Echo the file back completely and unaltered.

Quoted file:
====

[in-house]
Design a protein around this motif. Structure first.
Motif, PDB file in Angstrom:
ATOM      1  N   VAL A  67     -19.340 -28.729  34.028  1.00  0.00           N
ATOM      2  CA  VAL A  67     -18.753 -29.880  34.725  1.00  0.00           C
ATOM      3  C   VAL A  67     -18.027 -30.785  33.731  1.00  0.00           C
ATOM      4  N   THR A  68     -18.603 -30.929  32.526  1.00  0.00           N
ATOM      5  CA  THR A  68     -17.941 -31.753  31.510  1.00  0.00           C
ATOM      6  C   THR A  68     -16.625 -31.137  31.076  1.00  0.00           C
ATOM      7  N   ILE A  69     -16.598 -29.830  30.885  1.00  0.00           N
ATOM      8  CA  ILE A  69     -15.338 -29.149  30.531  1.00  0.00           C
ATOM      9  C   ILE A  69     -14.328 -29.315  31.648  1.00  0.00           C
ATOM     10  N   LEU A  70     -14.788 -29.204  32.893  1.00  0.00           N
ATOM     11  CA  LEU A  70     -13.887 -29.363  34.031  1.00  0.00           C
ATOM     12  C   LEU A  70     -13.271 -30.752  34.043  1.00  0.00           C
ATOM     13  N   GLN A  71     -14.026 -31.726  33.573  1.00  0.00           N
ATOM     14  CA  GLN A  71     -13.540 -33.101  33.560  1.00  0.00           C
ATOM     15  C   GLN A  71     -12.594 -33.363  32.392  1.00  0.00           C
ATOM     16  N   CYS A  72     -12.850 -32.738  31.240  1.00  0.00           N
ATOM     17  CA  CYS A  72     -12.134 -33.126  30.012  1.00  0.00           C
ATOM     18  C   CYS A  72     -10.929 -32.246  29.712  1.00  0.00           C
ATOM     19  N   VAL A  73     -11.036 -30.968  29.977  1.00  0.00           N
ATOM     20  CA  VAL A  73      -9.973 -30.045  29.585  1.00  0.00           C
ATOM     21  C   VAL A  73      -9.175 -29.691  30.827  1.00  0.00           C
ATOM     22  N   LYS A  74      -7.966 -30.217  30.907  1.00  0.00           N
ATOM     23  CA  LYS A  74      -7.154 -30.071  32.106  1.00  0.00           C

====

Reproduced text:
[in-house]
Design a protein around this motif. Structure first.
Motif, PDB file in Angstrom:
ATOM      1  N   VAL A  67     -19.340 -28.729  34.028  1.00  0.00           N
ATOM      2  CA  VAL A  67     -18.753 -29.880  34.725  1.00  0.00           C
ATOM      3  C   VAL A  67     -18.027 -30.785  33.731  1.00  0.00           C
ATOM      4  N   THR A  68     -18.603 -30.929  32.526  1.00  0.00           N
ATOM      5  CA  THR A  68     -17.941 -31.753  31.510  1.00  0.00           C
ATOM      6  C   THR A  68     -16.625 -31.137  31.076  1.00  0.00           C
ATOM      7  N   ILE A  69     -16.598 -29.830  30.885  1.00  0.00           N
ATOM      8  CA  ILE A  69     -15.338 -29.149  30.531  1.00  0.00           C
ATOM      9  C   ILE A  69     -14.328 -29.315  31.648  1.00  0.00           C
ATOM     10  N   LEU A  70     -14.788 -29.204  32.893  1.00  0.00           N
ATOM     11  CA  LEU A  70     -13.887 -29.363  34.031  1.00  0.00           C
ATOM     12  C   LEU A  70     -13.271 -30.752  34.043  1.00  0.00           C
ATOM     13  N   GLN A  71     -14.026 -31.726  33.573  1.00  0.00           N
ATOM     14  CA  GLN A  71     -13.540 -33.101  33.560  1.00  0.00           C
ATOM     15  C   GLN A  71     -12.594 -33.363  32.392  1.00  0.00           C
ATOM     16  N   CYS A  72     -12.850 -32.738  31.240  1.00  0.00           N
ATOM     17  CA  CYS A  72     -12.134 -33.126  30.012  1.00  0.00           C
ATOM     18  C   CYS A  72     -10.929 -32.246  29.712  1.00  0.00           C
ATOM     19  N   VAL A  73     -11.036 -30.968  29.977  1.00  0.00           N
ATOM     20  CA  VAL A  73      -9.973 -30.045  29.585  1.00  0.00           C
ATOM     21  C   VAL A  73      -9.175 -29.691  30.827  1.00  0.00           C
ATOM     22  N   LYS A  74      -7.966 -30.217  30.907  1.00  0.00           N
ATOM     23  CA  LYS A  74      -7.154 -30.071  32.106  1.00  0.00           C